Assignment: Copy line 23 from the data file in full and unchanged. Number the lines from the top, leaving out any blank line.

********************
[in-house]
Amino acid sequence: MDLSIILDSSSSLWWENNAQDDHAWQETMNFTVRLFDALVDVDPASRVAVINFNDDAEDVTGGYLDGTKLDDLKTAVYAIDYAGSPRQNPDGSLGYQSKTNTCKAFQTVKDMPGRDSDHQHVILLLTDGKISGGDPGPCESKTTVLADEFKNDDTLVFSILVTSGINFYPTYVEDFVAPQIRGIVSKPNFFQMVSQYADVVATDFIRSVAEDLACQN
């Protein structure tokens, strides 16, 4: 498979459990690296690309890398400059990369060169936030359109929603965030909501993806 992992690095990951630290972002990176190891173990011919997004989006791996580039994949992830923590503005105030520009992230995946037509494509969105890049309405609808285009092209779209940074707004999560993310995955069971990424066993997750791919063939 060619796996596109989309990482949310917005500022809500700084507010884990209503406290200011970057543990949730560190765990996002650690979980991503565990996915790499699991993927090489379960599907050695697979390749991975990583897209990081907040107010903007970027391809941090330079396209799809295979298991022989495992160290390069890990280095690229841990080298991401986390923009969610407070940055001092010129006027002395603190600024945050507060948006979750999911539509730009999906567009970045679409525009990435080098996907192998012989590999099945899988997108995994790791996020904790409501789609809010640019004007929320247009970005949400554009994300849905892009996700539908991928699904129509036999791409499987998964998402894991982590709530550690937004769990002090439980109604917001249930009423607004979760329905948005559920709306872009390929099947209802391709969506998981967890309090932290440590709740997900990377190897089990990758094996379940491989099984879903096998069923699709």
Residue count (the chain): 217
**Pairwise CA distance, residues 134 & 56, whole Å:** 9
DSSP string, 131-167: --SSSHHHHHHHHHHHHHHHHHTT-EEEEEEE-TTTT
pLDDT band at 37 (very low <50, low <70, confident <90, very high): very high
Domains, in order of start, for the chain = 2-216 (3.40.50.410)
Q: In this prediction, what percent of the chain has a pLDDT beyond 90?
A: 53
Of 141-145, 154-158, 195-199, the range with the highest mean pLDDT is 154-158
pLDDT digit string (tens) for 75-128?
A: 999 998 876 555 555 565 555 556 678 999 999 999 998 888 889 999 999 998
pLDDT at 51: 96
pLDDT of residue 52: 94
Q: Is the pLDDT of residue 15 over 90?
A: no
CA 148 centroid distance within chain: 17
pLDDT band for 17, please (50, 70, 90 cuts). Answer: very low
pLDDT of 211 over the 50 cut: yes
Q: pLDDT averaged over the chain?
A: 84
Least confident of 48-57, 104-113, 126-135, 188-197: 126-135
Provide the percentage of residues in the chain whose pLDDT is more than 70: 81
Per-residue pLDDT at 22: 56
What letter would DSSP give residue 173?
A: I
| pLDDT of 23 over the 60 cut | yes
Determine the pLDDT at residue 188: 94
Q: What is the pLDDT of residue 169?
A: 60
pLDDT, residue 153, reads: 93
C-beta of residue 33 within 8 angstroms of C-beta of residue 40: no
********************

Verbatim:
Least confident of 48-57, 104-113, 126-135, 188-197: 126-135